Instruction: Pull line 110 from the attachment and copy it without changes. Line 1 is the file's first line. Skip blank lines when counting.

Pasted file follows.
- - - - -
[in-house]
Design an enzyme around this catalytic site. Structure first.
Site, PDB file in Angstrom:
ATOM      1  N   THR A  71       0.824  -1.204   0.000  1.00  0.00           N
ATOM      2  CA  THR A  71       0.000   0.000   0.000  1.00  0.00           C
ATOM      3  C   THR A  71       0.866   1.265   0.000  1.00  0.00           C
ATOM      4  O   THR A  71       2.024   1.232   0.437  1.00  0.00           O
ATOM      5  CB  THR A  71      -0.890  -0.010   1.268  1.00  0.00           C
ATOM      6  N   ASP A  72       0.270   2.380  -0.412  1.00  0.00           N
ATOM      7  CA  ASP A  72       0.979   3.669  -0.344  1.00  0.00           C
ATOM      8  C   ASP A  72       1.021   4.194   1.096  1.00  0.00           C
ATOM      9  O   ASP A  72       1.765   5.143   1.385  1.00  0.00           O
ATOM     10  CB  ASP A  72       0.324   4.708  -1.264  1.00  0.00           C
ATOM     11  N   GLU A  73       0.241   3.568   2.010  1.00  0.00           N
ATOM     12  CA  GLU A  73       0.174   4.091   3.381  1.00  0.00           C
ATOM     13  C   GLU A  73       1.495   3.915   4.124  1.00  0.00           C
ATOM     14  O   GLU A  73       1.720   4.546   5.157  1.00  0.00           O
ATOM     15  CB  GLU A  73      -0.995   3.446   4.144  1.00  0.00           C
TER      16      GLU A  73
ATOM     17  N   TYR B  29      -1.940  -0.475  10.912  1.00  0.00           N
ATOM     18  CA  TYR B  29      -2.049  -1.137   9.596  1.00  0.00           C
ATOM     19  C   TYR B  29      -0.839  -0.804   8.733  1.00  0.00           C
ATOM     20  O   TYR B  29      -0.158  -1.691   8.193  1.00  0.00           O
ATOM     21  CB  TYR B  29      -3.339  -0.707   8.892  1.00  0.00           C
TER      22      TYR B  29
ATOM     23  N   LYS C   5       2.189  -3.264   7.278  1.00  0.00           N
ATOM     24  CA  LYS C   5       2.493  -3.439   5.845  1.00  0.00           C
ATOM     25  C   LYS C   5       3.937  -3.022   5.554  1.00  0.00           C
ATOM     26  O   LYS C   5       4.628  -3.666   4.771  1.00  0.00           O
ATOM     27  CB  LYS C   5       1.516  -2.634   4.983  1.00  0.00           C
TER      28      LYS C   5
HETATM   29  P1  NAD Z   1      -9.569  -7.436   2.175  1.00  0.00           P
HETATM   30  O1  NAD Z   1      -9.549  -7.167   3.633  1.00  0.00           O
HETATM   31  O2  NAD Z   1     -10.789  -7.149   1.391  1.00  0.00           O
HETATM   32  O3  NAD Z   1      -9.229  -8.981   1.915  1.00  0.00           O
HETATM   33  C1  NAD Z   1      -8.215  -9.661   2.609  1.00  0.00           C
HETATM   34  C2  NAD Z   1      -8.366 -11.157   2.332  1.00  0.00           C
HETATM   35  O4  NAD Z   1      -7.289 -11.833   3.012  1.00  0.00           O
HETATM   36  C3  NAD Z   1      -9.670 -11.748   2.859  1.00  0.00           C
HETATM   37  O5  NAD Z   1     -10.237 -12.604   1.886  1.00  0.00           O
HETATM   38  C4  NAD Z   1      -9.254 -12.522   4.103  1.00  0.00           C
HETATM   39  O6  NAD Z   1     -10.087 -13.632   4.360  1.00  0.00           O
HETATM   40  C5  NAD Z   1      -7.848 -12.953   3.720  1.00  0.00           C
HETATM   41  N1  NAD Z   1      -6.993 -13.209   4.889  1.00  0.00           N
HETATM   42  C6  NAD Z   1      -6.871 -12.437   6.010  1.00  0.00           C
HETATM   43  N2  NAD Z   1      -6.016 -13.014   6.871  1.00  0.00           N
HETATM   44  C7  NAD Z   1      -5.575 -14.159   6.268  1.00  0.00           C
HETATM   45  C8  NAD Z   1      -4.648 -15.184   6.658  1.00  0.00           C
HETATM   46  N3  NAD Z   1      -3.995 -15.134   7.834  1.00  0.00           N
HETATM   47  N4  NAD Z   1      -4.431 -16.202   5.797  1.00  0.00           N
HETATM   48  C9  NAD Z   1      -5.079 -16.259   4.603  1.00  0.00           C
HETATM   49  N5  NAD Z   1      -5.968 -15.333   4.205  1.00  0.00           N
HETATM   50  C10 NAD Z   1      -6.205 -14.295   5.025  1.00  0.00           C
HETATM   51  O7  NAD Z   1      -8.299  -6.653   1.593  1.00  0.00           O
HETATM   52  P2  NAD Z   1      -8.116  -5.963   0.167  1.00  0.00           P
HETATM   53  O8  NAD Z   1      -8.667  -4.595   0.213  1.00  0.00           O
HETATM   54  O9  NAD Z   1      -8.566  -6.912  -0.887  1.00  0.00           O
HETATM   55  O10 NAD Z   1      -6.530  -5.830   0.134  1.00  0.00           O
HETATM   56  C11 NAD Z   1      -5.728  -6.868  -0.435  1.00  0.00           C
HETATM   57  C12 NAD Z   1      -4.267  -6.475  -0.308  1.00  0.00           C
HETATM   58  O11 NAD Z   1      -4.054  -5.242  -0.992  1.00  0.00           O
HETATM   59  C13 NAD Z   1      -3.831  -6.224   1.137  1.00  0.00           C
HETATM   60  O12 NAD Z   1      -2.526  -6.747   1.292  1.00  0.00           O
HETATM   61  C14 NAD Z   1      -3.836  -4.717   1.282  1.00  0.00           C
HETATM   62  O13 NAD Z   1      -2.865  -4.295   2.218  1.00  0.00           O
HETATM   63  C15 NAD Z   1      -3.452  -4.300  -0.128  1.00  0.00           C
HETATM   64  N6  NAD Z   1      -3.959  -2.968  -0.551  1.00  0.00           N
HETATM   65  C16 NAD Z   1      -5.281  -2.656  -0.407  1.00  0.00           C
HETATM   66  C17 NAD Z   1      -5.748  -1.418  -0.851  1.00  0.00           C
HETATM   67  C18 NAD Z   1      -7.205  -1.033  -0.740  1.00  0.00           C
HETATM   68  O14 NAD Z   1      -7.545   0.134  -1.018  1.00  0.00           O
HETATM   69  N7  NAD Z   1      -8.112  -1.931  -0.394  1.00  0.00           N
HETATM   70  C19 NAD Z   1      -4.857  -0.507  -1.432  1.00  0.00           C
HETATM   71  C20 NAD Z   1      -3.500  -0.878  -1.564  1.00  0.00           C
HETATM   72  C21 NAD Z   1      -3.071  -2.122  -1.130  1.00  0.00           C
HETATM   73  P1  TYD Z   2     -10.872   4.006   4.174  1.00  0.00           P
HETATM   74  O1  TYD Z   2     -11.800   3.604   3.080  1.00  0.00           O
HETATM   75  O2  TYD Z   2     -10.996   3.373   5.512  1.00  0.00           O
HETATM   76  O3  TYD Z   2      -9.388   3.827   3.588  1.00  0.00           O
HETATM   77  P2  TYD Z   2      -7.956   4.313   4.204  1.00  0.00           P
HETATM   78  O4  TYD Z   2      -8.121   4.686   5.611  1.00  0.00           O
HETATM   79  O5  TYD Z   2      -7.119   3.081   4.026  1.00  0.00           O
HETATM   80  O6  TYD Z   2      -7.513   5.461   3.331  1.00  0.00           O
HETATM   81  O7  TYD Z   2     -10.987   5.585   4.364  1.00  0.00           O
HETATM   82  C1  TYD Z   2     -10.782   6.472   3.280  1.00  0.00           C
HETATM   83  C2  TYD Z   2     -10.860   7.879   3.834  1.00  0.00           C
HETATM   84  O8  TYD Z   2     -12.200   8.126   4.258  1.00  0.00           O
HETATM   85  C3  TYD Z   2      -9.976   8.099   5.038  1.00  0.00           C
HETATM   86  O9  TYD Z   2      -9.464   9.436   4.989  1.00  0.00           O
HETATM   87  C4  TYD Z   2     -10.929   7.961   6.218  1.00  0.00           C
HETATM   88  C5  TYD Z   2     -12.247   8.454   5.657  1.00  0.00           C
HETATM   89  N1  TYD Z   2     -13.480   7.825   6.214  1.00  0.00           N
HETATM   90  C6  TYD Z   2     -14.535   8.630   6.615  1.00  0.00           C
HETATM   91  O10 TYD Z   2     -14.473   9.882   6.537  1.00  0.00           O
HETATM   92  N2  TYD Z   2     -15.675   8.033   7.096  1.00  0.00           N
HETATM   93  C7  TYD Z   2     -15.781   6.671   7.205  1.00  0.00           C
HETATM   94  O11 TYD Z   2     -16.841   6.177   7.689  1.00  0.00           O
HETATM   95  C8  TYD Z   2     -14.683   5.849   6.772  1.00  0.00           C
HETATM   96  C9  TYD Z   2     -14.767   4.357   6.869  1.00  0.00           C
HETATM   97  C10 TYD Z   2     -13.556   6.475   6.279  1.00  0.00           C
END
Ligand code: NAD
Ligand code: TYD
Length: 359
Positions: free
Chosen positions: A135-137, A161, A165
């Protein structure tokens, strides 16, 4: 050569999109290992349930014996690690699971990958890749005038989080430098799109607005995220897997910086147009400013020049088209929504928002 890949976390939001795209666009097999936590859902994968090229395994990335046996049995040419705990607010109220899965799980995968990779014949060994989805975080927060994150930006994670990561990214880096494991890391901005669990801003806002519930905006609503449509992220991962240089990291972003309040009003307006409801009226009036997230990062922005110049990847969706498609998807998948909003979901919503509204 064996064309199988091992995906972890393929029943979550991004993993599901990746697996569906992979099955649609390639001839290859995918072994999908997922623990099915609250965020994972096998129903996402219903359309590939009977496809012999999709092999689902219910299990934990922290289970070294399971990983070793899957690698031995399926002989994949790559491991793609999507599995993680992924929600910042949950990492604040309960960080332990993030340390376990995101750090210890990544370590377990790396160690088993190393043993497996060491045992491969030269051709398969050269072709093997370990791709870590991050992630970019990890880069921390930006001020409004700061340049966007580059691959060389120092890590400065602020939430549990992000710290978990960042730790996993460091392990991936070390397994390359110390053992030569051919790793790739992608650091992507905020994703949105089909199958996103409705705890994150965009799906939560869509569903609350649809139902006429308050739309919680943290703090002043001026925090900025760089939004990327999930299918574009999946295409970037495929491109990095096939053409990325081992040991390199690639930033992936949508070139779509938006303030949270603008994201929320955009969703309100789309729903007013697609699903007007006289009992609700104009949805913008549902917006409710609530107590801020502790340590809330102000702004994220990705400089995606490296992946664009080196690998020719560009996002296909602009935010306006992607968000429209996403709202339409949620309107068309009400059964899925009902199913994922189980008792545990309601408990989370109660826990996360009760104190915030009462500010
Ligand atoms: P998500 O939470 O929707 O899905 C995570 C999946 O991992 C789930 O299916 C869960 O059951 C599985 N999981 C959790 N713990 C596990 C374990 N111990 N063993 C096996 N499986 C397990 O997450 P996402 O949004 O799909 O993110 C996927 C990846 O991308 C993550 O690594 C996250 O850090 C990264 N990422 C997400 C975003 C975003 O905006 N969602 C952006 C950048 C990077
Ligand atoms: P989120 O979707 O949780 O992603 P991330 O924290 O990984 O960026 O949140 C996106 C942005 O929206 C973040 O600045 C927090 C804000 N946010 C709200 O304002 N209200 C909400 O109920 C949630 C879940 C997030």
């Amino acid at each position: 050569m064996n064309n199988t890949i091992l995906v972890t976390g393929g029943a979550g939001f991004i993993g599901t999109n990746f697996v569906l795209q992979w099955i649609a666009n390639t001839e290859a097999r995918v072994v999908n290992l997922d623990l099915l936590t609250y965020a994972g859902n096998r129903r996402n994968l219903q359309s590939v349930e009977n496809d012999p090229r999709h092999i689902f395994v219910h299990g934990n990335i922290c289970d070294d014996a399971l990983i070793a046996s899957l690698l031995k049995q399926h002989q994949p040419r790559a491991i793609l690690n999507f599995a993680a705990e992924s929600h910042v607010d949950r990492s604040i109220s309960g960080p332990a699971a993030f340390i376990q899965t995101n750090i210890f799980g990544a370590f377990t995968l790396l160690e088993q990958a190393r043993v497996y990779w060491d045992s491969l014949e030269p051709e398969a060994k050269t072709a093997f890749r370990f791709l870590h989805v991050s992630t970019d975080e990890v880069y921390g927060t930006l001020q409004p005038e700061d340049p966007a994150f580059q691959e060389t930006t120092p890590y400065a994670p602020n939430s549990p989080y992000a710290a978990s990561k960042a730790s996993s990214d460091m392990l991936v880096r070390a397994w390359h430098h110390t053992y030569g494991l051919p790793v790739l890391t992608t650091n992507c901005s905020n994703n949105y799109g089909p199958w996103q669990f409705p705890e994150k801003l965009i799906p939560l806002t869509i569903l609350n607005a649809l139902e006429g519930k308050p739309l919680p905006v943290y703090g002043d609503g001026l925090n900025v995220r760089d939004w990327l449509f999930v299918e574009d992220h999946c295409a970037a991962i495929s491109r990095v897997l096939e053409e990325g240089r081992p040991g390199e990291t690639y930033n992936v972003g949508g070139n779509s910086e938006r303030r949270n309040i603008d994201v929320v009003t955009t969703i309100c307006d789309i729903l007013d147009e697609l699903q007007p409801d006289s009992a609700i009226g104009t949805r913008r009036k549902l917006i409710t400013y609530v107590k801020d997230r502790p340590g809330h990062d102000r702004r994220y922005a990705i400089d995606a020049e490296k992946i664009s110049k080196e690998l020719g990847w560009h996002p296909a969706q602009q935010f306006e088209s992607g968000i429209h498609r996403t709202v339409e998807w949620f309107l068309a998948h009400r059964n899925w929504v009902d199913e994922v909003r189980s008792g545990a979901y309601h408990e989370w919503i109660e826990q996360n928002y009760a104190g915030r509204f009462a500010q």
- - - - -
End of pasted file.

């Amino acid at each position: 050569m064996n064309n199988t890949i091992l995906v972890t976390g393929g029943a979550g939001f991004i993993g599901t999109n990746f697996v569906l795209q992979w099955i649609a666009n390639t001839e290859a097999r995918v072994v999908n290992l997922d623990l099915l936590t609250y965020a994972g859902n096998r129903r996402n994968l219903q359309s590939v349930e009977n496809d012999p090229r999709h092999i689902f395994v219910h299990g934990n990335i922290c289970d070294d014996a399971l990983i070793a046996s899957l690698l031995k049995q399926h002989q994949p040419r790559a491991i793609l690690n999507f599995a993680a705990e992924s929600h910042v607010d949950r990492s604040i109220s309960g960080p332990a699971a993030f340390i376990q899965t995101n750090i210890f799980g990544a370590f377990t995968l790396l160690e088993q990958a190393r043993v497996y990779w060491d045992s491969l014949e030269p051709e398969a060994k050269t072709a093997f890749r370990f791709l870590h989805v991050s992630t970019d975080e990890v880069y921390g927060t930006l001020q409004p005038e700061d340049p966007a994150f580059q691959e060389t930006t120092p890590y400065a994670p602020n939430s549990p989080y992000a710290a978990s990561k960042a730790s996993s990214d460091m392990l991936v880096r070390a397994w390359h430098h110390t053992y030569g494991l051919p790793v790739l890391t992608t650091n992507c901005s905020n994703n949105y799109g089909p199958w996103q669990f409705p705890e994150k801003l965009i799906p939560l806002t869509i569903l609350n607005a649809l139902e006429g519930k308050p739309l919680p905006v943290y703090g002043d609503g001026l925090n900025v995220r760089d939004w990327l449509f999930v299918e574009d992220h999946c295409a970037a991962i495929s491109r990095v897997l096939e053409e990325g240089r081992p040991g390199e990291t690639y930033n992936v972003g949508g070139n779509s910086e938006r303030r949270n309040i603008d994201v929320v009003t955009t969703i309100c307006d789309i729903l007013d147009e697609l699903q007007p409801d006289s009992a609700i009226g104009t949805r913008r009036k549902l917006i409710t400013y609530v107590k801020d997230r502790p340590g809330h990062d102000r702004r994220y922005a990705i400089d995606a020049e490296k992946i664009s110049k080196e690998l020719g990847w560009h996002p296909a969706q602009q935010f306006e088209s992607g968000i429209h498609r996403t709202v339409e998807w949620f309107l068309a998948h009400r059964n899925w929504v009902d199913e994922v909003r189980s008792g545990a979901y309601h408990e989370w919503i109660e826990q996360n928002y009760a104190g915030r509204f009462a500010q």